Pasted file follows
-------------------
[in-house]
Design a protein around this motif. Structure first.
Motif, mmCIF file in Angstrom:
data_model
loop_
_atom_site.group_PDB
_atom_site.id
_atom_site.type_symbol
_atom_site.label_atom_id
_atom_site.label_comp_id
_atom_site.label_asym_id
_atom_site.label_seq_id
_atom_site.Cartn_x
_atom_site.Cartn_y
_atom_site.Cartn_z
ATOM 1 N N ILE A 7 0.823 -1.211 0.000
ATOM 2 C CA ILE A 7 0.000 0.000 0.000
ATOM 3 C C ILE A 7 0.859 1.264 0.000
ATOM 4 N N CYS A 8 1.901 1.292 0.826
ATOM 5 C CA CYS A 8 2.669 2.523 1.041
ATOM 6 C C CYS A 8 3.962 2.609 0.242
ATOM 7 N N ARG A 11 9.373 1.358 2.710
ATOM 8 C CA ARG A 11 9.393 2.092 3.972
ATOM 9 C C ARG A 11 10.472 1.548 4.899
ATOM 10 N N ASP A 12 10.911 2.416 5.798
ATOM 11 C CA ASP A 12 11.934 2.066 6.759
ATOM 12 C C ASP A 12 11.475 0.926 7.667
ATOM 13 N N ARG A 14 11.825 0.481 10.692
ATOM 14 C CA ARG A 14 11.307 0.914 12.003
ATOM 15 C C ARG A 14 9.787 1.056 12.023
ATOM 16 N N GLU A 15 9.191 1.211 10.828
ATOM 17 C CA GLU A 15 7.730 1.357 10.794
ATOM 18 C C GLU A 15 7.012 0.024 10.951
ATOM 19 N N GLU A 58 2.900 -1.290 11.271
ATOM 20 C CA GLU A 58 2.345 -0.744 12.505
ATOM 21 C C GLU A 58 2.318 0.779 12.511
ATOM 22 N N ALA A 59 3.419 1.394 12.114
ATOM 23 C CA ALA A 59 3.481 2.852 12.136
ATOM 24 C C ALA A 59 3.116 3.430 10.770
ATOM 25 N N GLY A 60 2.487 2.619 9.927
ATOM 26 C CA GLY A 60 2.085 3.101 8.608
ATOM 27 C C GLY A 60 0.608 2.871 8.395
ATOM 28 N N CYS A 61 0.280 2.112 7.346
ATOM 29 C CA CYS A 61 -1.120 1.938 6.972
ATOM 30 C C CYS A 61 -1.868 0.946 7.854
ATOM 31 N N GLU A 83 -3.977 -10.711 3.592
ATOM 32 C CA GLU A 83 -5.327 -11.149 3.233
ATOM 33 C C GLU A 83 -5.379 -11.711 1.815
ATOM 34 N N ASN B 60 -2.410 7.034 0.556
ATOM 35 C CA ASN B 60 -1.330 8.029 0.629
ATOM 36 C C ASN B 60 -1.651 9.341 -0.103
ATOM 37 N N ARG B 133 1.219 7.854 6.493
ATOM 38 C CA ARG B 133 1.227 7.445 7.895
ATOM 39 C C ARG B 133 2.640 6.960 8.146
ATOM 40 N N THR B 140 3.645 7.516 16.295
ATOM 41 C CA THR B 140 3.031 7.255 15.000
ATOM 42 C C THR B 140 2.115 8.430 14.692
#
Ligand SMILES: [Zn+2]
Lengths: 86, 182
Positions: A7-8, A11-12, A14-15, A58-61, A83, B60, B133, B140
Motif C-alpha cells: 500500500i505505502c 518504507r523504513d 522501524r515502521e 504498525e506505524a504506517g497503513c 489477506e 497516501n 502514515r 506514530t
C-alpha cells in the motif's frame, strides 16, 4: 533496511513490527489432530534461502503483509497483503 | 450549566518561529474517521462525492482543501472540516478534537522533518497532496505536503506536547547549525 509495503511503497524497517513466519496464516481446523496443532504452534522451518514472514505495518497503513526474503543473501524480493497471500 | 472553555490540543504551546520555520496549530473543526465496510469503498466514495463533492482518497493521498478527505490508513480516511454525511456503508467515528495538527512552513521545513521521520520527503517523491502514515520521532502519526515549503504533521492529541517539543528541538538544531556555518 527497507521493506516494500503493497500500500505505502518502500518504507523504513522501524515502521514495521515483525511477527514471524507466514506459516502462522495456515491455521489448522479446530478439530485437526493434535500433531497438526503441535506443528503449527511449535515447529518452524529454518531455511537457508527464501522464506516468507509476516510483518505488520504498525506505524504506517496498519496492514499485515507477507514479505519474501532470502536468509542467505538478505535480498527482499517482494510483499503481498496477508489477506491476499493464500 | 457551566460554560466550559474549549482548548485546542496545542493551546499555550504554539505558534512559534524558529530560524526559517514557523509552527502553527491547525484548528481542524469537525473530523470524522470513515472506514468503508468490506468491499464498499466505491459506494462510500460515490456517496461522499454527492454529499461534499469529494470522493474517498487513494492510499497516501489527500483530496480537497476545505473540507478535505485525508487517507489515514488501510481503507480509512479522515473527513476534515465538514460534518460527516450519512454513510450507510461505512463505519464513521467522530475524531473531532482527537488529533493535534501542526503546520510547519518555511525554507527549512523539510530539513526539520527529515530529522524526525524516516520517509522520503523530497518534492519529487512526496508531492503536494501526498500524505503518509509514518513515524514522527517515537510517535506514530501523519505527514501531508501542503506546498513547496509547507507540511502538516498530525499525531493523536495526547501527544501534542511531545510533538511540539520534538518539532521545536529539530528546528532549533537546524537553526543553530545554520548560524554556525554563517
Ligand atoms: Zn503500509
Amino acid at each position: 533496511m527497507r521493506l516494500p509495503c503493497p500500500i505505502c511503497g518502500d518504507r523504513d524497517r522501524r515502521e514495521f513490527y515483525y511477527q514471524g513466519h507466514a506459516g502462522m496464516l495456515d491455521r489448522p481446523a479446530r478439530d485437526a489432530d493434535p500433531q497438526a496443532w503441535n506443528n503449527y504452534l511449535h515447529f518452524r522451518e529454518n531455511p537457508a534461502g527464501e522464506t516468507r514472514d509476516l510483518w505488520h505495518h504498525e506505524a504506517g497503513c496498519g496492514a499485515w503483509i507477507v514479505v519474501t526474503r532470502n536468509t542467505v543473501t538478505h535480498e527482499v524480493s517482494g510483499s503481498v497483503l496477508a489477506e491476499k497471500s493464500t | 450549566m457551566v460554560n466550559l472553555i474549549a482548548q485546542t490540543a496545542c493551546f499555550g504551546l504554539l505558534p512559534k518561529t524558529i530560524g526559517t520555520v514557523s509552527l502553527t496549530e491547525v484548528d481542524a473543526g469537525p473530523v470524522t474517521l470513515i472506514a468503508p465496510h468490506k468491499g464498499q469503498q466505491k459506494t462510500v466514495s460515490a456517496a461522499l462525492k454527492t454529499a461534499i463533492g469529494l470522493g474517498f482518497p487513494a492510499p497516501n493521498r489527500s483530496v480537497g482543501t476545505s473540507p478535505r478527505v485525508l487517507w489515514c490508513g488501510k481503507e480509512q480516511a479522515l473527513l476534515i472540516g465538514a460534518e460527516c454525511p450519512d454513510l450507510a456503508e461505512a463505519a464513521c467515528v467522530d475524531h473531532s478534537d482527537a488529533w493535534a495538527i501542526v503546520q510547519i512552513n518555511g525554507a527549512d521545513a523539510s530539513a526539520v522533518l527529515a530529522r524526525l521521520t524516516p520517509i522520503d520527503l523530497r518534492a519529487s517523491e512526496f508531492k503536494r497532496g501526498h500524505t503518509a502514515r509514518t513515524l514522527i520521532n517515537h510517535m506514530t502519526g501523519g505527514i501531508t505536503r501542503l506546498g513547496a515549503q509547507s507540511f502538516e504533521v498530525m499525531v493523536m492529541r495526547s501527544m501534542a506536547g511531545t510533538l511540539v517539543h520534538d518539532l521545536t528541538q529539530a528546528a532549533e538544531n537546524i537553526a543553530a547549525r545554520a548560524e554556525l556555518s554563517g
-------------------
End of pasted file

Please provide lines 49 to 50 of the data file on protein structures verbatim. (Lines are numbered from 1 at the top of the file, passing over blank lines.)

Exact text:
ATOM 34 N N ASN B 60 -2.410 7.034 0.556
ATOM 35 C CA ASN B 60 -1.330 8.029 0.629